Valuation ratios will tell us how the market values a company with respect to its operations and assets. So here we are looking at market price to earnings or sales and also in relation to the book value of the company.
Many analysts prefer to dig deeper because reported earnings can be subject to revenues from one-off transactions and accounting changes. So many prefer an indicator that measures how the total assets deployed by the company result in operational profits. The measure used by most analysts today is:
The quest for quality stocks
For our purposes of sorting out quality stocks, we will also consider activity ratios relating to operations. These ratios tell us in days how rapidly a company turns over its assets, inventories or receivables. We will also look at one price-related ratio and that is the dividend payout ratio.
While valuation ratios are very relevant to the market price of a stock, from a purist quality perspective they are less important. We are defining quality here to mean the intrinsic quality of the company from a financial, management, operational, branding and competitive perspective. We are less concerned with how the market may view the stock and determine its price.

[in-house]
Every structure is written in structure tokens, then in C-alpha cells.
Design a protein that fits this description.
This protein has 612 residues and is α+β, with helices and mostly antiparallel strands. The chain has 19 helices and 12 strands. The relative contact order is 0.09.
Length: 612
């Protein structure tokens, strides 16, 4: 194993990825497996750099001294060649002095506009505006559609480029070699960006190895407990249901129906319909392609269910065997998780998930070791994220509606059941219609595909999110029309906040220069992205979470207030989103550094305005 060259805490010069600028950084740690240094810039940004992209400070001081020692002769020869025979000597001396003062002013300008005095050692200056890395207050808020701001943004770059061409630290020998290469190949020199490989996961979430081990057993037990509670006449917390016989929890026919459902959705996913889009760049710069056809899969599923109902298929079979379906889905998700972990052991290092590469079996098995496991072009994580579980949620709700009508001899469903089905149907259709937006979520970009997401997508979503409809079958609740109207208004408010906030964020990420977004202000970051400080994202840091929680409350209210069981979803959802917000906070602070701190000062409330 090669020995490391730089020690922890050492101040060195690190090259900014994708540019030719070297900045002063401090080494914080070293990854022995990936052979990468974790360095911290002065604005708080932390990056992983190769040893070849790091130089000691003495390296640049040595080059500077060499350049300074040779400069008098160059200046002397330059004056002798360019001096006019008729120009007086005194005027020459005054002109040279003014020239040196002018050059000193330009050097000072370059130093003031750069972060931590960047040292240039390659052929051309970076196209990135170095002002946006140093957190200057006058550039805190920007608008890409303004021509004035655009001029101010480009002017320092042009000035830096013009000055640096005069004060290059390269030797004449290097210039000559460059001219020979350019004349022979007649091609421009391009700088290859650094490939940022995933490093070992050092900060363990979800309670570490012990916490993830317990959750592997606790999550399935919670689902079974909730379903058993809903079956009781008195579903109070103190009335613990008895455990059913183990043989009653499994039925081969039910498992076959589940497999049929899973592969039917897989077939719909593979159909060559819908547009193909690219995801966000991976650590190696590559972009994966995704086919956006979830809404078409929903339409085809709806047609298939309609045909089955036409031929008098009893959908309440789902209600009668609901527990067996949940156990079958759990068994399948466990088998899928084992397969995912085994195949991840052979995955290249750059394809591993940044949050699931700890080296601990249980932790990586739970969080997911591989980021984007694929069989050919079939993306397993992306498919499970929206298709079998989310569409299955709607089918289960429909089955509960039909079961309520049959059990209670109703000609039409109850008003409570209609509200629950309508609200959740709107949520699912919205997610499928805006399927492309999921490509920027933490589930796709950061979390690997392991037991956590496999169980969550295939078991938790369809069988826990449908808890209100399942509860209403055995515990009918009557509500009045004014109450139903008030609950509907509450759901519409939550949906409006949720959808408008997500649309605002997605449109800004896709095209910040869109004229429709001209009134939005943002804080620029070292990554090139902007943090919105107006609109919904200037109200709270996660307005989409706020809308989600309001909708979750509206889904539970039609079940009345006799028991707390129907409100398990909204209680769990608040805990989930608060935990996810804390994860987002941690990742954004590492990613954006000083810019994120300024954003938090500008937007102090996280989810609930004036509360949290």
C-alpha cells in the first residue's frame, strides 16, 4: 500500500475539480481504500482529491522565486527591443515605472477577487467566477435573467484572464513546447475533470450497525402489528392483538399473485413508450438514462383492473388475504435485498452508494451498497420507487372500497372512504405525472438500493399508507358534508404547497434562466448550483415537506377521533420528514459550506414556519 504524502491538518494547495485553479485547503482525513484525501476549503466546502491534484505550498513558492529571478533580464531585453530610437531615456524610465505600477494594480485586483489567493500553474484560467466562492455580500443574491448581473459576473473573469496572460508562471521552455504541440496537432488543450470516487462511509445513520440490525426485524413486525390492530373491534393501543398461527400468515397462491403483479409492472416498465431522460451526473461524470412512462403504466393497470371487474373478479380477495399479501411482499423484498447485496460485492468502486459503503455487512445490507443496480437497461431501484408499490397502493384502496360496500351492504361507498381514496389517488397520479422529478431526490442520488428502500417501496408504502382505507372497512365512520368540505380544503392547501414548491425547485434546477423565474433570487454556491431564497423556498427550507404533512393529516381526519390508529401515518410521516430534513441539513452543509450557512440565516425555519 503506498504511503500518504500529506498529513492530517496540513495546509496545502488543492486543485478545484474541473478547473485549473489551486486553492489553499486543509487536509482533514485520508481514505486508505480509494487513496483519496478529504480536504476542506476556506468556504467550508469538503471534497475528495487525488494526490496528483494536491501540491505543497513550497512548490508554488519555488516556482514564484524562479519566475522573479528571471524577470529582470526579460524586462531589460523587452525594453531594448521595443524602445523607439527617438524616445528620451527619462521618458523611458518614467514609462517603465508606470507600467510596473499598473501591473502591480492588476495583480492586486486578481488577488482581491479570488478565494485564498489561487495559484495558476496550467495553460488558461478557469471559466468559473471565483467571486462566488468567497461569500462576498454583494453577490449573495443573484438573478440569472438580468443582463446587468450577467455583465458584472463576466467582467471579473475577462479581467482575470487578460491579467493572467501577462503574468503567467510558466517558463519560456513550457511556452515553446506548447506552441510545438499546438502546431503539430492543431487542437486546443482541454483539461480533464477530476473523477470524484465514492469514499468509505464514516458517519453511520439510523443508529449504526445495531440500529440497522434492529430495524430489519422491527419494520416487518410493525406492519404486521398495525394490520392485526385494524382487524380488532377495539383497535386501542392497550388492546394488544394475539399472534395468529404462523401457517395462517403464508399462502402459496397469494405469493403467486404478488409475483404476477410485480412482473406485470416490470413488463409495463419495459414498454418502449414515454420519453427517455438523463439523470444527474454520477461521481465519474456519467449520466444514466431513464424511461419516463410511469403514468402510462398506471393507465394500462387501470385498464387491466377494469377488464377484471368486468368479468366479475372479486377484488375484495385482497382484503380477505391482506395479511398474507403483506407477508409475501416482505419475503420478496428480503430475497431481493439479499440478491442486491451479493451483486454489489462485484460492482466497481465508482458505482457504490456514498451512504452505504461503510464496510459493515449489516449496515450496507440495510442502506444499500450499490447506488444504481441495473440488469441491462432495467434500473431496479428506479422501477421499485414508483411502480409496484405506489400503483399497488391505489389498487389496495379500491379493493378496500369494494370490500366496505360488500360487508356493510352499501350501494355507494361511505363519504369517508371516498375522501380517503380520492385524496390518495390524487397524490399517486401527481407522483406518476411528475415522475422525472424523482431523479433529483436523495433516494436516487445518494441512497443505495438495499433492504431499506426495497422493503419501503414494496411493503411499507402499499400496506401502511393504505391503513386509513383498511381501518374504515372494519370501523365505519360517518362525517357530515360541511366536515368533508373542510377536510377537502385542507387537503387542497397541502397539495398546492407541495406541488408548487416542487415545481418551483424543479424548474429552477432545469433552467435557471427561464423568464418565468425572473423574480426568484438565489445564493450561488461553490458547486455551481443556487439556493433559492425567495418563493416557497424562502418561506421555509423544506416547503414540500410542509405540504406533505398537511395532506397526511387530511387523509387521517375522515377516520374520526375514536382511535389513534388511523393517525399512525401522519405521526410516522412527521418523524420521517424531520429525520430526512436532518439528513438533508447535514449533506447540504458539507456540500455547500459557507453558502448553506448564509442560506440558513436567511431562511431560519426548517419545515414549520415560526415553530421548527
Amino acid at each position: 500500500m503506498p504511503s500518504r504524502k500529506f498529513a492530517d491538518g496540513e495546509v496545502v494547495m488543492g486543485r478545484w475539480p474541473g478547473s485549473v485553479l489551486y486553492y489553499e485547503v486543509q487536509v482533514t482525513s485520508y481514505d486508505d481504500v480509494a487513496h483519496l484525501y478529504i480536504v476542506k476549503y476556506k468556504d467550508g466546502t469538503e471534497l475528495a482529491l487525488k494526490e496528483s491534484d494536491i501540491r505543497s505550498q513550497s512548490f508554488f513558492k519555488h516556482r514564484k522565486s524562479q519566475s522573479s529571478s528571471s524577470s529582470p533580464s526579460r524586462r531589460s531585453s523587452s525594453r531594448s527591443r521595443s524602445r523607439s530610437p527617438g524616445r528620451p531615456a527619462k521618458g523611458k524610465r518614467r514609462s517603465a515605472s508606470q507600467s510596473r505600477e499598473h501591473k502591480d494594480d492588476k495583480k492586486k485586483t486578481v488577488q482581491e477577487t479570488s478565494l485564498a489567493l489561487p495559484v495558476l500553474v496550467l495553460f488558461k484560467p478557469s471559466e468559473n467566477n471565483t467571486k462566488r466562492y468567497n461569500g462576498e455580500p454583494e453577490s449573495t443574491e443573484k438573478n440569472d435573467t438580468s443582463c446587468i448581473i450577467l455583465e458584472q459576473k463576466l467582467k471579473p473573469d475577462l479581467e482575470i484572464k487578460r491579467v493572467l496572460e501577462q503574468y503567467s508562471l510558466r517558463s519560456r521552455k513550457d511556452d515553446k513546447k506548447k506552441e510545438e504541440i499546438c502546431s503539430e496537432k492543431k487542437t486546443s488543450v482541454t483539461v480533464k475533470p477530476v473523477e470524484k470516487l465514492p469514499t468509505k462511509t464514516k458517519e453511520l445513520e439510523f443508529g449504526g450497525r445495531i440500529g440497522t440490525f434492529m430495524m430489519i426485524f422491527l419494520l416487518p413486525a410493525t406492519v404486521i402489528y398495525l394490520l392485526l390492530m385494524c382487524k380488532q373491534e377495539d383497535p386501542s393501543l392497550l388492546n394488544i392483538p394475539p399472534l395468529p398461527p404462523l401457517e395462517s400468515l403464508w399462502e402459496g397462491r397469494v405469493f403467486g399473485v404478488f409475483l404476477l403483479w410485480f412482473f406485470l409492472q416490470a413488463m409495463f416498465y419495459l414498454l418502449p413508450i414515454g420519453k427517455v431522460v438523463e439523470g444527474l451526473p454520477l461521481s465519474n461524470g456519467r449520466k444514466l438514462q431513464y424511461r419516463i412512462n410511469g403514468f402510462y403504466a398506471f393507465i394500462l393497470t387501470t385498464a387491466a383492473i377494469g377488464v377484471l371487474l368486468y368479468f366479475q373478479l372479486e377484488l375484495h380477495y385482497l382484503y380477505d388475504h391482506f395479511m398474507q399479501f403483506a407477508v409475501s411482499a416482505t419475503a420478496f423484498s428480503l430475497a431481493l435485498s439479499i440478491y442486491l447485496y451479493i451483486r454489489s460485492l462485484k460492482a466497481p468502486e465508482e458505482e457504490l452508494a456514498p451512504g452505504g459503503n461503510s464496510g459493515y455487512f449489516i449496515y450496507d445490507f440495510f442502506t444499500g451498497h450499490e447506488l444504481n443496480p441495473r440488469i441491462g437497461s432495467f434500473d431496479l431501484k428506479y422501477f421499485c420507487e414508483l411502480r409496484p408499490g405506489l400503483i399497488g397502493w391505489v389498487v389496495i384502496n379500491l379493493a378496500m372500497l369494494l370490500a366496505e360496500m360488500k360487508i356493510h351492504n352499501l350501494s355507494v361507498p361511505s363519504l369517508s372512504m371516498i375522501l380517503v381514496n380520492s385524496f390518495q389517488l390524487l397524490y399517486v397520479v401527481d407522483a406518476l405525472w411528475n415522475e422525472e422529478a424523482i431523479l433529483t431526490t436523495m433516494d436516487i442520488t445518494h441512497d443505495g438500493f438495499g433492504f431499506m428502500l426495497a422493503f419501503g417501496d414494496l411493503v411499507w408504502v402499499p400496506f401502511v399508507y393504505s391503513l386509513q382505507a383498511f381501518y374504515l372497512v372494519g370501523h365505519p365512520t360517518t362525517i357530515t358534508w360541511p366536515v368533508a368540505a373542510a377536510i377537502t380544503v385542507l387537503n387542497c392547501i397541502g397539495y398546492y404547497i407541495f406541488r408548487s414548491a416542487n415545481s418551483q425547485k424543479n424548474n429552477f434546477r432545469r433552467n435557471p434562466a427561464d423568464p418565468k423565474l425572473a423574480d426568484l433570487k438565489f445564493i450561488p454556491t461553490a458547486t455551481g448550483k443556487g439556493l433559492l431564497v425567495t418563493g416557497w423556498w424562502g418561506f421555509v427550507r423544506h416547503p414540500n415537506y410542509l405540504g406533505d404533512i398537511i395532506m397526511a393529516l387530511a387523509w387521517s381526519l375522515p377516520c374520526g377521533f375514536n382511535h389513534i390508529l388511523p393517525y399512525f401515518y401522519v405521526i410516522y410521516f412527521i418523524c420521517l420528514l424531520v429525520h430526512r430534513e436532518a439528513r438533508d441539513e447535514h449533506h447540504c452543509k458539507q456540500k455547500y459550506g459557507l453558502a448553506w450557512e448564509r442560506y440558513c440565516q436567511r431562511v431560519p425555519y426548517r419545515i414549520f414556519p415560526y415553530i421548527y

The ratios across industries
So much for the dry theory, what do some of the major ratios in these different categories across major industry groups look like. The table here considers the main solvency, liquidity, profitability, operating or activity, and one price ratio across major industry groups. These are all average figures for the last six complete calendar years, i.e. 2014 to 2019.
Data source: Readyratios.com1)Data source: Readyratios.com All average figures shown are the mean of the median figures for each complete calendar year 2014 to 2019. All calculations and tables by badinvestmentsadvice.com
This can look like a bewildering array of figures so we have to dig a little deeper to understand what is going on and then be able to assess what higher-quality stocks would look like.
Quality as regards solvency
Let’s take a closer look at the main solvency ratios. They are: